There are creepy creatures lurking in the subway — and they’re not just rats and insects.
Christopher Mason, a geneticist at Weill Cornell Medicine, has been studying the microscopic ecosystem in the subway, already identifying more than 600 varieties of microbes. And on Tuesday he descended below ground again.
Equipped with nylon swabs and latex gloves, Mason and his team were back in the subway to swab wooden benches, handrails and train seats to collect microbial material as part of an international expansion of his project, called MetaSub.
“We want to see how it looks between different cities — so different humidity, different temperature elevations, different people, as well as different habits,” Mason said between swabs at the 68th St. No. 6 station. He is the principal investigator in a 2015 study of the subways.
There will be 400 scientific investigators and student volunteers in 54 cities, like Beijing and Paris, swabbing transit equipment to collect about 12,000 samples. This will help Mason and his team sketch the life that’s invisible to the naked eye.
“When most people look at the railing, they think, ‘Oh, maybe it’s just steel, so there’s nothing there.’ But it’s actually teeming with life,” Mason said. “These are surfaces touched by millions of people every day and they contain as much or in some cases more mystery than soil you could find in a rain forest.”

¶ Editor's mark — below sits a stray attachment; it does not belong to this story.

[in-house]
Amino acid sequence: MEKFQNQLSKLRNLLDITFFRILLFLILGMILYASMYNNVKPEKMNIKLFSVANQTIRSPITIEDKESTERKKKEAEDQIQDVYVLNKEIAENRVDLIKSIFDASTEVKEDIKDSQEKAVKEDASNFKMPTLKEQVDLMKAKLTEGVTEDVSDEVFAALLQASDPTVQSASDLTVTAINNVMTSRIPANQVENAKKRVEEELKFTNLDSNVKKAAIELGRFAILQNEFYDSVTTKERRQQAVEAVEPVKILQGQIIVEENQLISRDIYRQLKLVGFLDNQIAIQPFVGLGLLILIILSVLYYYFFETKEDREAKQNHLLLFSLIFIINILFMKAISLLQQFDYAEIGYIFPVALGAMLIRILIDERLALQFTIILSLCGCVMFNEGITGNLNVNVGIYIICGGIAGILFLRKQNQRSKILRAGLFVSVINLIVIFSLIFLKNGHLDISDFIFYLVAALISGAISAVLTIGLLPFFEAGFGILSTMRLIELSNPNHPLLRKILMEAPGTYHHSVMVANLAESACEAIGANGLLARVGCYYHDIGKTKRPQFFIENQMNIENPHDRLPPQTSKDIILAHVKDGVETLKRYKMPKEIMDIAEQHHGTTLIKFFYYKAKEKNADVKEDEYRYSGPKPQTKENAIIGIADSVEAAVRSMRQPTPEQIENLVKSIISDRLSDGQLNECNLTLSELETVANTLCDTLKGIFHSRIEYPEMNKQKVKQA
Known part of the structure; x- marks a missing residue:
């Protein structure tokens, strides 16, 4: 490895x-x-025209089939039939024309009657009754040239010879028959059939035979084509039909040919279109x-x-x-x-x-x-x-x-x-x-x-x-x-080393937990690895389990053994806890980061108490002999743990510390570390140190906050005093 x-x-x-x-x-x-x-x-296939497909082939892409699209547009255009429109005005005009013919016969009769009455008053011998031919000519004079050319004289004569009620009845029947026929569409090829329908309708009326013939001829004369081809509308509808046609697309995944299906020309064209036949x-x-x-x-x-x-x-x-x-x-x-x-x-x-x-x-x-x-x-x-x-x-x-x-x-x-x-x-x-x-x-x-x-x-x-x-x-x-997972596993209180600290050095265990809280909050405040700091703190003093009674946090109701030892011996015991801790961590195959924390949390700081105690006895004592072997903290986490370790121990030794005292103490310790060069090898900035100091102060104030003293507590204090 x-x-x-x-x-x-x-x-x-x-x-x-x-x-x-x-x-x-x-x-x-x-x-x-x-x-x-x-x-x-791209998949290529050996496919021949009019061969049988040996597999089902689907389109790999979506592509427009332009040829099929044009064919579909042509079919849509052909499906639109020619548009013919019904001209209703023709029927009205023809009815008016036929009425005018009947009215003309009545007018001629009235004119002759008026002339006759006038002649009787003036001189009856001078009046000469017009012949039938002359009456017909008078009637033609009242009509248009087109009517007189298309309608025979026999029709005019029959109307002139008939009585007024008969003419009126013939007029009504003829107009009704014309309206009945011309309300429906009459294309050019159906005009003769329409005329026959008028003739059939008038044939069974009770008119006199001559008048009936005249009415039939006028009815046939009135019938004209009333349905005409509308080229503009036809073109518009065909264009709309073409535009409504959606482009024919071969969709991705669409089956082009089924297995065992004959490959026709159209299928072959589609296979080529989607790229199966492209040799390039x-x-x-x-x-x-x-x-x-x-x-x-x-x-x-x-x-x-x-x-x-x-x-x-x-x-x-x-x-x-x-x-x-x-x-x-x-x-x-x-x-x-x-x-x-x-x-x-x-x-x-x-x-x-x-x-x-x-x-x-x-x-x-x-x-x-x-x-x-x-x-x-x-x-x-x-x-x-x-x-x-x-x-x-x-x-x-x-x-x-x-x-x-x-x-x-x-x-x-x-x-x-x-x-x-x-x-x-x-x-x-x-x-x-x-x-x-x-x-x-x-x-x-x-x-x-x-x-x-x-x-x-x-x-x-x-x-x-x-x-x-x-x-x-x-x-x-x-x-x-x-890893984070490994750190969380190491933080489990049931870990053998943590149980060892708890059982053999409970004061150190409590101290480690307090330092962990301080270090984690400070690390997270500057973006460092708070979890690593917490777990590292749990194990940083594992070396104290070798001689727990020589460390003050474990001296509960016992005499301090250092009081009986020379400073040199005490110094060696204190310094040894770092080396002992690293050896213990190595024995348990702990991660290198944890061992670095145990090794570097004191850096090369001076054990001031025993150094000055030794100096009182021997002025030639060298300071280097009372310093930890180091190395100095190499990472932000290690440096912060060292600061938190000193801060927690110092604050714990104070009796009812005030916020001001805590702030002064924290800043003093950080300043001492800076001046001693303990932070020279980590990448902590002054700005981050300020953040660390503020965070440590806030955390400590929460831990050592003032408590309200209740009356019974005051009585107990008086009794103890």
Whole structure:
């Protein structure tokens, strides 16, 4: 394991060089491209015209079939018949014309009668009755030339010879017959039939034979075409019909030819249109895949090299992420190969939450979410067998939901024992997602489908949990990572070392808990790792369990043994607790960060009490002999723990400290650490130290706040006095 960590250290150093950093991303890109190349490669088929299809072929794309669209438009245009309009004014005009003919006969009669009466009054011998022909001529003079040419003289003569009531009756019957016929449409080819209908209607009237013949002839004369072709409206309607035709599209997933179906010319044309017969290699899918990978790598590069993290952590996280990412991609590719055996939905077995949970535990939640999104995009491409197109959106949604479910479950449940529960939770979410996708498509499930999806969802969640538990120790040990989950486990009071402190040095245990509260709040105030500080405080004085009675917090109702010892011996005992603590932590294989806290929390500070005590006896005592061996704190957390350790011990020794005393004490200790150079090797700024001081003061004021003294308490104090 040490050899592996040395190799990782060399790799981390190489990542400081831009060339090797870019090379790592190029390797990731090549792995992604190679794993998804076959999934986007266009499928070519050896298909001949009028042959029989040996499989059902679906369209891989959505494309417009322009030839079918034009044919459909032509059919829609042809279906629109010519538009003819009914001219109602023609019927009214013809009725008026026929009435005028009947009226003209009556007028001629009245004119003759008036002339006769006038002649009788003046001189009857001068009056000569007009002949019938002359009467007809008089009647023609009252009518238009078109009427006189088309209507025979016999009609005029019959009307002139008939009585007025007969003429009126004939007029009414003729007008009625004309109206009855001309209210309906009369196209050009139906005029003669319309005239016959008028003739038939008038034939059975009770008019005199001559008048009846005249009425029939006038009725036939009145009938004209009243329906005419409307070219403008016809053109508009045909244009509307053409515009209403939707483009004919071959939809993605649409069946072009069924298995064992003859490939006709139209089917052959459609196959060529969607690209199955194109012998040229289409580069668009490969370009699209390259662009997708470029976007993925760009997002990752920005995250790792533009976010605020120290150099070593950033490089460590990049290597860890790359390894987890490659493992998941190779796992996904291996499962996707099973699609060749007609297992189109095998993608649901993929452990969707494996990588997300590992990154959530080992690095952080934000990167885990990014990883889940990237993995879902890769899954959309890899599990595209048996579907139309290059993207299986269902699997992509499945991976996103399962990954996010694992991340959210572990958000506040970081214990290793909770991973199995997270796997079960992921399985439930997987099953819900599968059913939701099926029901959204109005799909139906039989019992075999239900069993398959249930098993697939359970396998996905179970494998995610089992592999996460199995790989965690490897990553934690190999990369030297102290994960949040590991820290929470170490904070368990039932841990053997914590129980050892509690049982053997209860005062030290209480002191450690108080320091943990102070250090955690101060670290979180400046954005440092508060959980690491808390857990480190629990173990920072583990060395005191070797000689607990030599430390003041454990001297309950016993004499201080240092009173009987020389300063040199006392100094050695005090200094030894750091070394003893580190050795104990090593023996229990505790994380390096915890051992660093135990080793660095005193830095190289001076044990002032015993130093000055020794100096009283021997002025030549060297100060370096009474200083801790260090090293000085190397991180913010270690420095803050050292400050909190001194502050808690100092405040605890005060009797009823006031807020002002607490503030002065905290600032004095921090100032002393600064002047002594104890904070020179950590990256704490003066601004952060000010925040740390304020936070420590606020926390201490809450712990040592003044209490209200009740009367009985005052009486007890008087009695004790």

Still, there’s no need to break out the hazmat suits. Most of the microbes are harmless to humans, though Mason said there were some antibiotic-resistant bacteria that could be related to pathogens. Among the human and animal DNA found, there is plenty of microbial evidence showing that New Yorkers like to eat as they travel. Mason said he’s found bacteria associated with mozzarella cheese, kimchi and sauerkraut.
“We can see all the remnants, basically, of either what people look like, what they're doing and what they're eating,” Mason said. “Essentially, it's a genetic portrait.”
For Sofia Ahsanuddin, 21, director of the MetaSub International Consortium, which is organizing the sample collection, the project changed how she travels on the subway.
“I never sit on the wooden benches because they have the most DNA out of all of the surfaces that we swabbed in the transit system,” she said.
Councilman Ben Kallos (D-Manhattan), whose district covers Weill Cornell, joined Mason’s team to help the city earn bragging rights on the diversity of its microorganisms.
“New York City is bigger and better than anywhere else, so I’m assuming the same for our microbes,” Kallos said. “We should have more microbes from all over the world and in higher concentration because there is no subway system like ours.”